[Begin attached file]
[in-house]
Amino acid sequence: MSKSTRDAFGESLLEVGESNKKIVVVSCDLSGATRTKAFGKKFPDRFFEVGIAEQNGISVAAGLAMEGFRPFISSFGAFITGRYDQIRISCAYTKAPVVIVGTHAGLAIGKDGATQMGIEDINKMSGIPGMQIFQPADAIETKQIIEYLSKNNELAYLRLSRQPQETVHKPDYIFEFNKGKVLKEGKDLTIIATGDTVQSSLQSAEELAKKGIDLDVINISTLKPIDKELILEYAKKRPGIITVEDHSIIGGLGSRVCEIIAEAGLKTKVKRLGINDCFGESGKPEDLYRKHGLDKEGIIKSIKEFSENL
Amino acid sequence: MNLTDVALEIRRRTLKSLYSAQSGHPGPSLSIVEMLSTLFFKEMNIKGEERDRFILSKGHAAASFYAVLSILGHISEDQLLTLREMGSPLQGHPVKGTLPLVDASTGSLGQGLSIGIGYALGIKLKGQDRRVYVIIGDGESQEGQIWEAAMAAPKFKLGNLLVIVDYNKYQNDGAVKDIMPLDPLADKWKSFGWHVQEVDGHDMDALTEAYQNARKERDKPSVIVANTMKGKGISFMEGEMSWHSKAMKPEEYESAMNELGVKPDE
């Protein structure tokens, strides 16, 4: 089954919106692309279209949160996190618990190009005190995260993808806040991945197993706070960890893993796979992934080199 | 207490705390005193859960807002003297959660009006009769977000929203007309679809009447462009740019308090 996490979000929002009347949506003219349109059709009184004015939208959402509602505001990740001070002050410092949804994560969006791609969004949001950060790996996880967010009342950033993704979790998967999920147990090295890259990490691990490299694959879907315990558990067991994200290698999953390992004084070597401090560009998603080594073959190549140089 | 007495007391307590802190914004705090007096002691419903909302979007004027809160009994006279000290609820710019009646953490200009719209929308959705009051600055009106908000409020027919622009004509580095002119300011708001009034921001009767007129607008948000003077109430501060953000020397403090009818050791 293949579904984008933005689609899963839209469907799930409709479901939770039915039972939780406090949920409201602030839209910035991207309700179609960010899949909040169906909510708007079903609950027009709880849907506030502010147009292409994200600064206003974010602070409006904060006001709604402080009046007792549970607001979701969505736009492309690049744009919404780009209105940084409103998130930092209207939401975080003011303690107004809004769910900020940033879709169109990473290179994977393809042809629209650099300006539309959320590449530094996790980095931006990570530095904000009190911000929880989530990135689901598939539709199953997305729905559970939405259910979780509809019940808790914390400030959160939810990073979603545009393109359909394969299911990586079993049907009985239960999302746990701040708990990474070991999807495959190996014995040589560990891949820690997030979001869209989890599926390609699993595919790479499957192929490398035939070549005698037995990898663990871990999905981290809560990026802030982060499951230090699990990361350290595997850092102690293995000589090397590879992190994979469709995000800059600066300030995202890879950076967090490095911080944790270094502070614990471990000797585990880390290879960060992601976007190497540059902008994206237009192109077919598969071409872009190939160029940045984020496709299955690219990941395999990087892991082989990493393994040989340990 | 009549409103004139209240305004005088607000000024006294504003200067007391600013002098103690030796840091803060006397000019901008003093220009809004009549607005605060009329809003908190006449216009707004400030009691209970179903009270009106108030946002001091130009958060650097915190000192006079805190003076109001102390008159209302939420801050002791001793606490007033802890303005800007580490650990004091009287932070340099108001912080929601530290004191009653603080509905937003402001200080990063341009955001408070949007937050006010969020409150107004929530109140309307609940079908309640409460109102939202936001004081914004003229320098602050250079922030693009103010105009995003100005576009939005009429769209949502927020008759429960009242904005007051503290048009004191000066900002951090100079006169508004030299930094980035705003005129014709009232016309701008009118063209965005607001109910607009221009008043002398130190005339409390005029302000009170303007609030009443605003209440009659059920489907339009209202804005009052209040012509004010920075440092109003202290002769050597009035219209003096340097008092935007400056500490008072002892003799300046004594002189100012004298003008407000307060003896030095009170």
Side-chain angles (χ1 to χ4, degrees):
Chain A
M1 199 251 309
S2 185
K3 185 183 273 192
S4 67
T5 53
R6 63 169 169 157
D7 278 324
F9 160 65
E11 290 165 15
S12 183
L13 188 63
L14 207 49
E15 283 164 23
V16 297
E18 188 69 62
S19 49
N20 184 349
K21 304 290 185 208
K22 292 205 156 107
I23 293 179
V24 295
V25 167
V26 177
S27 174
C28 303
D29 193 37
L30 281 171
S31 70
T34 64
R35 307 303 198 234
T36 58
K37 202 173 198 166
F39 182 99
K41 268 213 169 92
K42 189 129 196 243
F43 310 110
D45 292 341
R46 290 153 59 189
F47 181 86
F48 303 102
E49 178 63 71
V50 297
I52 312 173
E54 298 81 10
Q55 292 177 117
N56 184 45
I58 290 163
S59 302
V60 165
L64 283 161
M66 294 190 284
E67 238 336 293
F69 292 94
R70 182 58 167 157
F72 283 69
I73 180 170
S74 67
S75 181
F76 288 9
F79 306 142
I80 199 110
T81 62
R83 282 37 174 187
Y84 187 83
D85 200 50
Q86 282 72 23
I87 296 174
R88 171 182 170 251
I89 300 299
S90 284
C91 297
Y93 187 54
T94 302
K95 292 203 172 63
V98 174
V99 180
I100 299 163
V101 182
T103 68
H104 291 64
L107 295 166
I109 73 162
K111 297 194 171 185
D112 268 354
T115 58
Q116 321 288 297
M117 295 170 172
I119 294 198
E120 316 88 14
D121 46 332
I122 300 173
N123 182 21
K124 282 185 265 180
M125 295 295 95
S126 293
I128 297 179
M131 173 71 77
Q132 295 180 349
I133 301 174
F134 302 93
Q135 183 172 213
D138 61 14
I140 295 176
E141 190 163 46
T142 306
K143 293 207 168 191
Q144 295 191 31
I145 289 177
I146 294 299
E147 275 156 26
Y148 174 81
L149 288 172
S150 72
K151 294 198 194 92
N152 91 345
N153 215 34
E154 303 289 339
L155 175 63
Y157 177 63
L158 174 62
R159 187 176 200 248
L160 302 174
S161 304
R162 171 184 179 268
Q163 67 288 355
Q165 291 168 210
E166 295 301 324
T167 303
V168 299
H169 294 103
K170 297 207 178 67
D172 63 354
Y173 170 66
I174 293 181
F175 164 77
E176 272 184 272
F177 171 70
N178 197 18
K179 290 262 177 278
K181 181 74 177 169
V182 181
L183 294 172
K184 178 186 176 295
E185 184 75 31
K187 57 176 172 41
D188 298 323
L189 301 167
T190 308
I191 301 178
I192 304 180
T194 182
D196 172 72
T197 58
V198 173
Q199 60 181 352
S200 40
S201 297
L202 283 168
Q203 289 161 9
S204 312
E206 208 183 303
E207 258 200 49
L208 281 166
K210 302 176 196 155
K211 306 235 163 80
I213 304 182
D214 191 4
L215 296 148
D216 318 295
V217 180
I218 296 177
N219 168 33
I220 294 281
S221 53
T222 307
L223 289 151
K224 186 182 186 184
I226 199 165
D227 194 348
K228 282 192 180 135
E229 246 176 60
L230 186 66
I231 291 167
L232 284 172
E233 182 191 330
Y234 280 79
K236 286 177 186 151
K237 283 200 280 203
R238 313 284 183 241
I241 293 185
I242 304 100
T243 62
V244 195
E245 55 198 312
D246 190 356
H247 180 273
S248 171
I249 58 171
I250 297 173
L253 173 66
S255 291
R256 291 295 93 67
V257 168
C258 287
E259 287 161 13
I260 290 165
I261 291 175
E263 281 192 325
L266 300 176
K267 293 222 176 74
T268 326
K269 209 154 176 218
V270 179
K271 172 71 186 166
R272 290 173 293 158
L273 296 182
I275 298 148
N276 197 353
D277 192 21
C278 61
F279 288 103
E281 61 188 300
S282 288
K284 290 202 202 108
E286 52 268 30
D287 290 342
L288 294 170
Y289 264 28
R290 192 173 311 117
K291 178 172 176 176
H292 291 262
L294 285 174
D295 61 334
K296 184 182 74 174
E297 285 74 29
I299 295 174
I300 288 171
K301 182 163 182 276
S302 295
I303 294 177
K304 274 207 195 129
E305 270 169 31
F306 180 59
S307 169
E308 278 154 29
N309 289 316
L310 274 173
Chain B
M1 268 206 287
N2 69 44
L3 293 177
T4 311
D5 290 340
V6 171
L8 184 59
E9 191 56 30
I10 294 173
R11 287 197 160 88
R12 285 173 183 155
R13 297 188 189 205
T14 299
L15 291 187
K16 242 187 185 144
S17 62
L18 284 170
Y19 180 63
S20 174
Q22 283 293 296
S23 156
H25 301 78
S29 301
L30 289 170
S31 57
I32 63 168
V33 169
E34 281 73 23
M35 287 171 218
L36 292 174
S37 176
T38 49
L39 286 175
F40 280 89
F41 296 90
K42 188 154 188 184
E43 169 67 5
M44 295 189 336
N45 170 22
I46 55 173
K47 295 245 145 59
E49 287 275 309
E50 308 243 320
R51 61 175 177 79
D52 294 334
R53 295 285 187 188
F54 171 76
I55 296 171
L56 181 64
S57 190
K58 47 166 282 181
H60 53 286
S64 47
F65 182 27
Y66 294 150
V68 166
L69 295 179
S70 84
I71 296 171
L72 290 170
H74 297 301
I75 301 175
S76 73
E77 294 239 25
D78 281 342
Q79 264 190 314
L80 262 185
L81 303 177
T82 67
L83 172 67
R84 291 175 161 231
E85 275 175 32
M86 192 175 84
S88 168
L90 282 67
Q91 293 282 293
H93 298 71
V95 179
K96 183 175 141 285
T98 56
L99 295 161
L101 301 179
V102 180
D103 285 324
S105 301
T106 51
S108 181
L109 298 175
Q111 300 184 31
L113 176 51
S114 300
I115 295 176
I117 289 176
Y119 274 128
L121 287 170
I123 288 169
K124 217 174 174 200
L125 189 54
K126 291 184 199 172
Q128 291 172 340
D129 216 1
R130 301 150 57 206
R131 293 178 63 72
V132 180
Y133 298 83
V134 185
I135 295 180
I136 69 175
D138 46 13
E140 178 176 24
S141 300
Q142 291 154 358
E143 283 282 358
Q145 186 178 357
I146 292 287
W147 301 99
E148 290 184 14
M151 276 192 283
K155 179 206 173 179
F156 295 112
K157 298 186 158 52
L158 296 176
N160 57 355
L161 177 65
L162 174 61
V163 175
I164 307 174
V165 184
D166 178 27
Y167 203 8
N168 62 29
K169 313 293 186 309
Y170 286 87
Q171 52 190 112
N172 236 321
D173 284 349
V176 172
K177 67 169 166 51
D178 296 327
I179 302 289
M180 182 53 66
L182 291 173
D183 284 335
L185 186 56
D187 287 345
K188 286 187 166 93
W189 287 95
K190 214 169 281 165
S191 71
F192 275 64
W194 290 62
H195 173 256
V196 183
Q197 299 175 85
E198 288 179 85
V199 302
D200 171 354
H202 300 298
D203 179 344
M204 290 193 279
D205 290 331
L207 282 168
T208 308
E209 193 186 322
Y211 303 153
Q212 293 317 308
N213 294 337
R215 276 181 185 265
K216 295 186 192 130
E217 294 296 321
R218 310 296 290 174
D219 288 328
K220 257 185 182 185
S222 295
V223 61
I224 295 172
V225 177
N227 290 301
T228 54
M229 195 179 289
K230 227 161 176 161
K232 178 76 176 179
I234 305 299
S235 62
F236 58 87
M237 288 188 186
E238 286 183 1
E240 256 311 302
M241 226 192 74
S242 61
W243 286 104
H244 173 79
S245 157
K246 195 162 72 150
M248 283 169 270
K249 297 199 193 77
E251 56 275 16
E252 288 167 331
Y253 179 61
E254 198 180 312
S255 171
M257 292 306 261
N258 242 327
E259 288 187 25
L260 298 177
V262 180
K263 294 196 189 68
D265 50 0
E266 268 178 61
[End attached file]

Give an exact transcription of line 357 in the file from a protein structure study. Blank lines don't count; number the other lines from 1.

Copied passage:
R131 293 178 63 72